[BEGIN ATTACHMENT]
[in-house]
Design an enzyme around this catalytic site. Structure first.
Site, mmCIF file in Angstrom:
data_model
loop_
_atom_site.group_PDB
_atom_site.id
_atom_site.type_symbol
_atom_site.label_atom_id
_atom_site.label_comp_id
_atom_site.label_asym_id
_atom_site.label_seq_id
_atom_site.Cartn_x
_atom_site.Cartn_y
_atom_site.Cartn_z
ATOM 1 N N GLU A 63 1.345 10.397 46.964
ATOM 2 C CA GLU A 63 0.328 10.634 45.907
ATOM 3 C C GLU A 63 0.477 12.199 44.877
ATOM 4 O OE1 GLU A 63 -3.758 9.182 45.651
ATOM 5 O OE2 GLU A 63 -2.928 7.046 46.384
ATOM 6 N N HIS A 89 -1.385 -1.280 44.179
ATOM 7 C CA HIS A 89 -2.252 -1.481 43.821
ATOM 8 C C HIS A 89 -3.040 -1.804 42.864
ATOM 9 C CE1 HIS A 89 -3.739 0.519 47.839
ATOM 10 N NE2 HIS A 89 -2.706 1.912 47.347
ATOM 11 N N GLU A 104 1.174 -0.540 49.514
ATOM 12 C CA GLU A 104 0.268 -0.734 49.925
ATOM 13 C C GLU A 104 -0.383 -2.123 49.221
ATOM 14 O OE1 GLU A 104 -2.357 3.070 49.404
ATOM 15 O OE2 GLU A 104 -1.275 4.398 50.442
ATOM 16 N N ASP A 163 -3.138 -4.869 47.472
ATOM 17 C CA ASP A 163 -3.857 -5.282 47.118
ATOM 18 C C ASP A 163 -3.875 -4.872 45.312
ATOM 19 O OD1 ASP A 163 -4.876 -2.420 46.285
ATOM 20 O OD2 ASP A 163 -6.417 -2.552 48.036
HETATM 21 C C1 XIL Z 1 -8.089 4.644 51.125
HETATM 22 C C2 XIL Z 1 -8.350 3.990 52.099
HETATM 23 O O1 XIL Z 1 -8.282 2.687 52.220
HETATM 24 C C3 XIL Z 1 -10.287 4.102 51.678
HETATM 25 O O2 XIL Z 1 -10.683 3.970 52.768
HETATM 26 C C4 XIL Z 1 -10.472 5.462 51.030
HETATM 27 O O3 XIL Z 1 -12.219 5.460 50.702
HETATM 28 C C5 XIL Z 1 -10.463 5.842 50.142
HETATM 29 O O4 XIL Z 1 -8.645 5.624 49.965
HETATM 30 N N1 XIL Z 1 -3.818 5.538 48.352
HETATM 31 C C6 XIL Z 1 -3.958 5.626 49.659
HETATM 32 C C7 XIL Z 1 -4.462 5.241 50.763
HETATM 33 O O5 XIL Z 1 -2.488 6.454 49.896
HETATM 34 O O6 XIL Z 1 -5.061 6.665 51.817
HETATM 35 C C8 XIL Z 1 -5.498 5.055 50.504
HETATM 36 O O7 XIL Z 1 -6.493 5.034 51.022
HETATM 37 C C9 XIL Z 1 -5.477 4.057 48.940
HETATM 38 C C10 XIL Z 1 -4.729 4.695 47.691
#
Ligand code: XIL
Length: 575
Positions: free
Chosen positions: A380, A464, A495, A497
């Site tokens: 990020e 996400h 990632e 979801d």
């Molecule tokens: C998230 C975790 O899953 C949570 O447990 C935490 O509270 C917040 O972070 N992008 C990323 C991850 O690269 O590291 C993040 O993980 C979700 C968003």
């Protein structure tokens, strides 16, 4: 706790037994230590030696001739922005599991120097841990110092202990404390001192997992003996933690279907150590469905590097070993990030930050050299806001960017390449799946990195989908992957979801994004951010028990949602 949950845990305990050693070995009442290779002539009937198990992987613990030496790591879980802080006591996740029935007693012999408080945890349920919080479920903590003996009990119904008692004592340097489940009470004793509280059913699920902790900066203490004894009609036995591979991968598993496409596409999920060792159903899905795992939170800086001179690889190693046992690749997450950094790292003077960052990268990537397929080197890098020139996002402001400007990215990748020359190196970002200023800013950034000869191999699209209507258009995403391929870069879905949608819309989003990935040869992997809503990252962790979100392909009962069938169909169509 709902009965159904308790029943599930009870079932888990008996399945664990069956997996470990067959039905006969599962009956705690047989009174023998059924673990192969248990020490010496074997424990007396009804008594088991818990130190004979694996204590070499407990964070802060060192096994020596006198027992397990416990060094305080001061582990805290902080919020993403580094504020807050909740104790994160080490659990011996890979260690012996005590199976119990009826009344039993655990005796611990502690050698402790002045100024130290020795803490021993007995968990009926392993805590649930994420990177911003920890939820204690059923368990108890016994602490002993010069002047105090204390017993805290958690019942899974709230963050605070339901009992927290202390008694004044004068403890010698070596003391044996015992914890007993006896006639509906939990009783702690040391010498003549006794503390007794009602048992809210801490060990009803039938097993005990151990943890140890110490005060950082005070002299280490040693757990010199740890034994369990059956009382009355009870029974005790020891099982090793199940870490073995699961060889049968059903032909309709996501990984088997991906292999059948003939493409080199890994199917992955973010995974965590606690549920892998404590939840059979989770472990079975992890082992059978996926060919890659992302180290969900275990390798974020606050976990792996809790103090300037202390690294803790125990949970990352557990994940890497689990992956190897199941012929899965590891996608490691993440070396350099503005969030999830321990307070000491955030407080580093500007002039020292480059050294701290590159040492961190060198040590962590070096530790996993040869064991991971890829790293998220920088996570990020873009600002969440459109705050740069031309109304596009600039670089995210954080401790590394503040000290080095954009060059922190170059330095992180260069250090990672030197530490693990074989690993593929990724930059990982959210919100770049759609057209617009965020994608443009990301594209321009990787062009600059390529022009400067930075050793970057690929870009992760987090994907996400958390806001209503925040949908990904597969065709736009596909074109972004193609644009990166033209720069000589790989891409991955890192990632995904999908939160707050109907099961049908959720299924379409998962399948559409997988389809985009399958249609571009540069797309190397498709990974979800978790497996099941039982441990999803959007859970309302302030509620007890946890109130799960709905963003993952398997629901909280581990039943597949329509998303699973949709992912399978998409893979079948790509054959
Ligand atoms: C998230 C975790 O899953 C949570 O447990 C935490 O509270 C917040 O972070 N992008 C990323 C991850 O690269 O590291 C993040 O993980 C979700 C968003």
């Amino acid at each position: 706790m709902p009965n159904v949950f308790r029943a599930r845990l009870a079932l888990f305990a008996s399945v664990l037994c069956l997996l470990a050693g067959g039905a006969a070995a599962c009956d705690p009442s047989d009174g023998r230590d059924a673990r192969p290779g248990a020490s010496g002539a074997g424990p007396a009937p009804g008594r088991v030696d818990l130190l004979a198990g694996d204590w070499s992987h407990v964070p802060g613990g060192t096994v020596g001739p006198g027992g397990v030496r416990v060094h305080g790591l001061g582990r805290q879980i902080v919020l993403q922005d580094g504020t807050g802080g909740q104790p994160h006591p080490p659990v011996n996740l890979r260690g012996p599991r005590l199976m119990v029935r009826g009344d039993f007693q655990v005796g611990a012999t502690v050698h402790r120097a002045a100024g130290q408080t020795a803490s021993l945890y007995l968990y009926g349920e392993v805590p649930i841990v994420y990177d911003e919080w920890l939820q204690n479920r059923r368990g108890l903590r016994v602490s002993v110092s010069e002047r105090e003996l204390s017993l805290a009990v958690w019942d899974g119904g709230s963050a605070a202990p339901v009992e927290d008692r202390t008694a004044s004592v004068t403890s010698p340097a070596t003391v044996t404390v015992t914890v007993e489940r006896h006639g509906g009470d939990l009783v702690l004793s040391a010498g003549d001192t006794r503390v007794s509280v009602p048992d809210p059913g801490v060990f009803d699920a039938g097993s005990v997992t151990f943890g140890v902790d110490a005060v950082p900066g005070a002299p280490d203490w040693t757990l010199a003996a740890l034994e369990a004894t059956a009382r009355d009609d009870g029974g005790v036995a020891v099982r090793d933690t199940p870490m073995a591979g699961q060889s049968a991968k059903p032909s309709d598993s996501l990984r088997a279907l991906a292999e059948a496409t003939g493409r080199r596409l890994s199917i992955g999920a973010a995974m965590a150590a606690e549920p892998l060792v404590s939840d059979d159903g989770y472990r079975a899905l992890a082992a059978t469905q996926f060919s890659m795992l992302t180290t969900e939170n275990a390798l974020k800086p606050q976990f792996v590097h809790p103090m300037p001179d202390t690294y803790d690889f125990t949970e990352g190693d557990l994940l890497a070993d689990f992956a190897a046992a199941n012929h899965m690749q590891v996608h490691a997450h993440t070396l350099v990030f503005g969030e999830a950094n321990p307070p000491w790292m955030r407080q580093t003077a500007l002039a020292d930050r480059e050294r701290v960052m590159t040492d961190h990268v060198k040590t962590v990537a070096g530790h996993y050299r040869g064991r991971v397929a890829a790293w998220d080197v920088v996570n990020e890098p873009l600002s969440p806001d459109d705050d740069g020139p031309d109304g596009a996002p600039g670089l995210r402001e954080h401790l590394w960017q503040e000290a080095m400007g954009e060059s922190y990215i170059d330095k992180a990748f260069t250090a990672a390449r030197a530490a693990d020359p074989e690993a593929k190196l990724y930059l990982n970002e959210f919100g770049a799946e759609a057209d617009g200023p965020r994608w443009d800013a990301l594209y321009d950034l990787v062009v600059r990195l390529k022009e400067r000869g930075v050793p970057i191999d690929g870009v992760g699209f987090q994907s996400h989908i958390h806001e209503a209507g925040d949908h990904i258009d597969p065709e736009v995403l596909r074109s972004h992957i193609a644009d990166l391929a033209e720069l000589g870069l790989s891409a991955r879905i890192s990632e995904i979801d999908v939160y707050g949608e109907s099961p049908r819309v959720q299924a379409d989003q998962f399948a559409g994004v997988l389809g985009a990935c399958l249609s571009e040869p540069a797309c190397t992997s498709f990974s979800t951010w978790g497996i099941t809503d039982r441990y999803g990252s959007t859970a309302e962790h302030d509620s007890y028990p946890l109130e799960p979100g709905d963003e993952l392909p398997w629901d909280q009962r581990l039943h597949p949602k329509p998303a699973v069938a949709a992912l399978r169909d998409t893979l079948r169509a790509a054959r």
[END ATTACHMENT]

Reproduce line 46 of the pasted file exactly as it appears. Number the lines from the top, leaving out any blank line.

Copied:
HETATM 31 C C6 XIL Z 1 -3.958 5.626 49.659